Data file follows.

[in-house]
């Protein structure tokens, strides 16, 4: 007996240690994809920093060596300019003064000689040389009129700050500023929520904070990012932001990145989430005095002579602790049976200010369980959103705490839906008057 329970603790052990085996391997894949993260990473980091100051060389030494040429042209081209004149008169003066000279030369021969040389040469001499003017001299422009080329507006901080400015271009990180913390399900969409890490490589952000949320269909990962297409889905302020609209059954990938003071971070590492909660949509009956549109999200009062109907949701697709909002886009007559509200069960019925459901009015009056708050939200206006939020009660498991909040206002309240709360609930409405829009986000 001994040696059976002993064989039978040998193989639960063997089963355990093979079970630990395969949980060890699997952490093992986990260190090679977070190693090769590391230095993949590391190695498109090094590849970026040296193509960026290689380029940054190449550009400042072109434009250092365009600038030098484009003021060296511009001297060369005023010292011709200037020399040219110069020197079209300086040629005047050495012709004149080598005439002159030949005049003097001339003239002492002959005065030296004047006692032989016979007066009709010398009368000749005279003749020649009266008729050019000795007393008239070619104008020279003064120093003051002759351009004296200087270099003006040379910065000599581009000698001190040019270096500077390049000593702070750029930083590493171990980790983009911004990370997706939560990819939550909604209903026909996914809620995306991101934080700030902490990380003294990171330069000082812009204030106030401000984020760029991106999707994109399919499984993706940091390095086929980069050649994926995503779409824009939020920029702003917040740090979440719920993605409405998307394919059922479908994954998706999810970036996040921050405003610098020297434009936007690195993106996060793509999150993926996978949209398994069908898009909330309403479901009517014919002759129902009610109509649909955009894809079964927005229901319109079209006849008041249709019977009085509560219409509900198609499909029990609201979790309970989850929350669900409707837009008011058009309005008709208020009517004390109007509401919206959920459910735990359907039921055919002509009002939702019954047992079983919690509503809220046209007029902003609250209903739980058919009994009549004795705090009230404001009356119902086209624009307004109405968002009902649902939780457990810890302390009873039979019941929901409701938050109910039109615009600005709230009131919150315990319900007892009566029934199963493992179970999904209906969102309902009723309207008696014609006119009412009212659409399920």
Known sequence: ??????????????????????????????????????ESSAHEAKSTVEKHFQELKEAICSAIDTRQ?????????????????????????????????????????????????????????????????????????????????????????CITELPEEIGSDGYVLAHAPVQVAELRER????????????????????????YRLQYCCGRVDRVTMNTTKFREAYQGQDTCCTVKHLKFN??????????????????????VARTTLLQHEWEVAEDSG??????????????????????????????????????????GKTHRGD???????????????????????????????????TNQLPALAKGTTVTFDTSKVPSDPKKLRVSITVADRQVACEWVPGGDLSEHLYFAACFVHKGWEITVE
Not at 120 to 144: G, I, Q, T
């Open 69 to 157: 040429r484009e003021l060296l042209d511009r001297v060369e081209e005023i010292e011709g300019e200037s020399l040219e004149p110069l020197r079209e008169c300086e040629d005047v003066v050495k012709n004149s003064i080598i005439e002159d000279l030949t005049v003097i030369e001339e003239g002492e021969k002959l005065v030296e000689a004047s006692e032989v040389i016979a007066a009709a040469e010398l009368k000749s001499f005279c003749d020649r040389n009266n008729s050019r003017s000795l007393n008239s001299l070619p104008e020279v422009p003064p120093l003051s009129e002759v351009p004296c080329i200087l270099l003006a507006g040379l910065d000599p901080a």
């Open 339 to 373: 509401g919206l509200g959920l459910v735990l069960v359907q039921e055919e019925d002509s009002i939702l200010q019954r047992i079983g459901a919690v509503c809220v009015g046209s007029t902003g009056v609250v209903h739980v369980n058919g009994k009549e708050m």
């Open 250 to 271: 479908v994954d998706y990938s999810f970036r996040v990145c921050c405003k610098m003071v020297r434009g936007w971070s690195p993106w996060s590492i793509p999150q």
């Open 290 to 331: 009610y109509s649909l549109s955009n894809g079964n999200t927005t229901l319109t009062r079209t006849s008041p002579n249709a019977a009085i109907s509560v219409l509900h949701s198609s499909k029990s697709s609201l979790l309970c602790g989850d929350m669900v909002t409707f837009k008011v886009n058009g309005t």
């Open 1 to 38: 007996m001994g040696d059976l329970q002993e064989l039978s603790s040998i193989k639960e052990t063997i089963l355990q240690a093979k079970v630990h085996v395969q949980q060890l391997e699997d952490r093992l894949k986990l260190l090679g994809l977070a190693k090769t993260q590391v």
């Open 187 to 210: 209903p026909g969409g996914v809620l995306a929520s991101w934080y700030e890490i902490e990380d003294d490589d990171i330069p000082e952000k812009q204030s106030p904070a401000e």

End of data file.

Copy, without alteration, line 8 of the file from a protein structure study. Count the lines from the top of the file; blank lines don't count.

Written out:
């Open 290 to 331: 009610y109509s649909l549109s955009n894809g079964n999200t927005t229901l319109t009062r079209t006849s008041p002579n249709a019977a009085i109907s509560v219409l509900h949701s198609s499909k029990s697709s609201l979790l309970c602790g989850d929350m669900v909002t409707f837009k008011v886009n058009g309005t």